China, while generating fast economic growth, is also well known for its less than satisfactory environmental records. Using local governments' spending on urban infrastructure as illustration, Wu, Deng, Huang, Morck,and Yeung show empirically that such outcomes can be explained bythe incentives that local governments face. Tangible growth is a dominant consideration for local government leaders' promotion. At the same time, they need fiscal resources to spend on delivering tangible growth. During the years of 2000-9, prefecture officers' spending on urban infrastructure strongly tilts towards transportation. First, the spending significantly boosts local GDP growth. Second, it raises land prices which in turn increases available fiscal revenues that can be spent on bolstering GDP growth. Both effects raise prefecture officers' promotion probability. By contrast, spending on environmental amenities does not share similar effects and even negatively affects the probability of officers' promotion. This explains local governments' low spending on urban environmental amenities, which is at least partly responsible for the current problem of poor urban air quality. This analysis reveals the need to align incentives, responsibilities, and budget constraints for prefecture officers. While the results do not readily suggest sub-optimal resource allocations, they are relevant for China's pursuit for environmental protection, health care, and education, as emphasized in the latest five-year plan.

Lily Fang, INSEAD; Jun Qian, Boston College; and Huiping Zhang, Shanghai University of Finance & Economics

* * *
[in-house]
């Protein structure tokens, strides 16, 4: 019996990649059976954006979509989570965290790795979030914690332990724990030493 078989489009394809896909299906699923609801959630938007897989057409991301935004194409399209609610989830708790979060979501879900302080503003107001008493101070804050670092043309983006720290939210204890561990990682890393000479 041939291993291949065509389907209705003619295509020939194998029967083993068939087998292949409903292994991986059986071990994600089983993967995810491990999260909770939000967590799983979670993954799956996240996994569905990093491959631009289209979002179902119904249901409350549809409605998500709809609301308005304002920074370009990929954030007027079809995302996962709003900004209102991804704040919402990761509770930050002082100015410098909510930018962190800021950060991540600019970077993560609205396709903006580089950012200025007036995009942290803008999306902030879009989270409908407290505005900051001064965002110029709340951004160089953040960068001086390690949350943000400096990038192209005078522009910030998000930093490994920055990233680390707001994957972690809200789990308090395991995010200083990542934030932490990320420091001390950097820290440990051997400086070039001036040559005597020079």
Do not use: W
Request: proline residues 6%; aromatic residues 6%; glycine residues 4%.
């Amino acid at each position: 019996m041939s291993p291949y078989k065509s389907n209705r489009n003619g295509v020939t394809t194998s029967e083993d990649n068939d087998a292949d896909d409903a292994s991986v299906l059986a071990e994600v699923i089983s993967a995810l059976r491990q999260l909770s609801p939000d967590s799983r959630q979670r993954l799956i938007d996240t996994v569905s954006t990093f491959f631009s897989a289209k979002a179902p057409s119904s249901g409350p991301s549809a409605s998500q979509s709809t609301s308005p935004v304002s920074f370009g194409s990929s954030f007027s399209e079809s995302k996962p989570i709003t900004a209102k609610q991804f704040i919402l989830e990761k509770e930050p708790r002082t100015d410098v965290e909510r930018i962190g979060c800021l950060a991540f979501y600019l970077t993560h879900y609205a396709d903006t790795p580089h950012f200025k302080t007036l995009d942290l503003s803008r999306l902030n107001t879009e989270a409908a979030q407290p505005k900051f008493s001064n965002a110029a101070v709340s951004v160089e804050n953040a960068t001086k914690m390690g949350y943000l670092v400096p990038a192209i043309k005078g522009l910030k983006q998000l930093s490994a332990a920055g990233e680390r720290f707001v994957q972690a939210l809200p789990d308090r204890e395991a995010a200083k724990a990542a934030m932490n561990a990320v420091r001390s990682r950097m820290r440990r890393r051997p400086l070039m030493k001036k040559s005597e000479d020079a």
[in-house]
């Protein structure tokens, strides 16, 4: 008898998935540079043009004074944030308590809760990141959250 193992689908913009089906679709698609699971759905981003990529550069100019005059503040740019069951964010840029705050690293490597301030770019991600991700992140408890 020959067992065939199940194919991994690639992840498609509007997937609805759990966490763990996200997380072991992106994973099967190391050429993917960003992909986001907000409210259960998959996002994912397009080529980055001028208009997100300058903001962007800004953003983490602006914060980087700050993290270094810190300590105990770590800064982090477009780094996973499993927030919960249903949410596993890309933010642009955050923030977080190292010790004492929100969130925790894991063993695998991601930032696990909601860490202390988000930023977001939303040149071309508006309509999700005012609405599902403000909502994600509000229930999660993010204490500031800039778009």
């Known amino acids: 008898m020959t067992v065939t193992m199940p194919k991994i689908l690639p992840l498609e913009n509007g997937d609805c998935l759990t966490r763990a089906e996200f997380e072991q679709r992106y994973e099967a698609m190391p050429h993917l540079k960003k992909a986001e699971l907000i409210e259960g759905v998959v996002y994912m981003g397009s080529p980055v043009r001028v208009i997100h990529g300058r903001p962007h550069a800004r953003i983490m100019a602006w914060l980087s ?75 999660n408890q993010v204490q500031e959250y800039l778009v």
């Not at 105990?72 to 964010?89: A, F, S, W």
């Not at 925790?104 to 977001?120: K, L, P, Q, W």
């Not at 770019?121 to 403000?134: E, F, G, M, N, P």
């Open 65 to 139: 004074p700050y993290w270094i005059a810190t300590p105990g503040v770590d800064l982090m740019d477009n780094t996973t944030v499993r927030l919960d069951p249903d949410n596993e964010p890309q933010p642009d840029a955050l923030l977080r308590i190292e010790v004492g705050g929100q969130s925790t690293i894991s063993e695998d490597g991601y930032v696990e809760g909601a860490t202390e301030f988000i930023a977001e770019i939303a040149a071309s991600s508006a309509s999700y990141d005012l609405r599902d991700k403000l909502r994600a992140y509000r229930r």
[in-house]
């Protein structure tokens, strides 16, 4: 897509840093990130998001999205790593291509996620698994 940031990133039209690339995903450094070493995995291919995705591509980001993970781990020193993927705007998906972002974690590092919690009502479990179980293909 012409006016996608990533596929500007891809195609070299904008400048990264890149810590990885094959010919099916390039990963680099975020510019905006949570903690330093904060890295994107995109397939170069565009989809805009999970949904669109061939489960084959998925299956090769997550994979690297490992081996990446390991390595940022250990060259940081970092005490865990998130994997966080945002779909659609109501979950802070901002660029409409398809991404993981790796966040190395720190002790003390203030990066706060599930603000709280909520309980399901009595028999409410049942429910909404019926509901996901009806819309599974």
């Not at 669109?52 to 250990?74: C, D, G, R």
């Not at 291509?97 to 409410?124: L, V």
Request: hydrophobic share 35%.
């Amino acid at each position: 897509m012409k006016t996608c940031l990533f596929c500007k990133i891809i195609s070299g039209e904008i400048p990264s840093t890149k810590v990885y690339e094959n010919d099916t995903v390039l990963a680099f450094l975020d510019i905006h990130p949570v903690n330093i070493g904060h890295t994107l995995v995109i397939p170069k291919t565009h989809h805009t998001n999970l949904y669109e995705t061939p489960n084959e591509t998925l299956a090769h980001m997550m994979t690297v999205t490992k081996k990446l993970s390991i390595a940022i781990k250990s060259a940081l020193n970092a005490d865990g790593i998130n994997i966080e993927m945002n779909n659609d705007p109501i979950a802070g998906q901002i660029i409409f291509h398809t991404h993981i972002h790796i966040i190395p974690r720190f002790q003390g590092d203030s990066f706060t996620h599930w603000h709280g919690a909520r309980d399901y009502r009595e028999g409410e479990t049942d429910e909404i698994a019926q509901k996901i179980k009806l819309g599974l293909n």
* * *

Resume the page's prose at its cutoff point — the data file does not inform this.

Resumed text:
Out of the Limelight but In Play: Trading and Liquidity of Media and Off-media Stocks

Using a novel, hand-collected dataset of a popular finance TV show and intra-day trading data from China, Fang, Qian, and Zhang compare the trading, liquidity, and returns of on-the-show and off-the-show stocks from the same industry. Employing a difference-in-difference approach, they find that off-the-show stocks experience significantly greater improvement in liquidity with higher trading volume and lower bid-ask spreads after the show. The improvement is attributed mostly to small trades. Both on-the-show and off-the-show stocks experience positive abnormal returns that do not reverse one month after the show, and the return gap between these stocks before the show disappears. There is some evidence that small traders profit more from buying off-the-show stocks than on-the-show stocks after the show. Overall, the evidence suggests that media coverage facilitates price discovery, and that retail investors, as a group, appear to behave rationally and are not as naïve as typically thought in their reaction to news from mass media.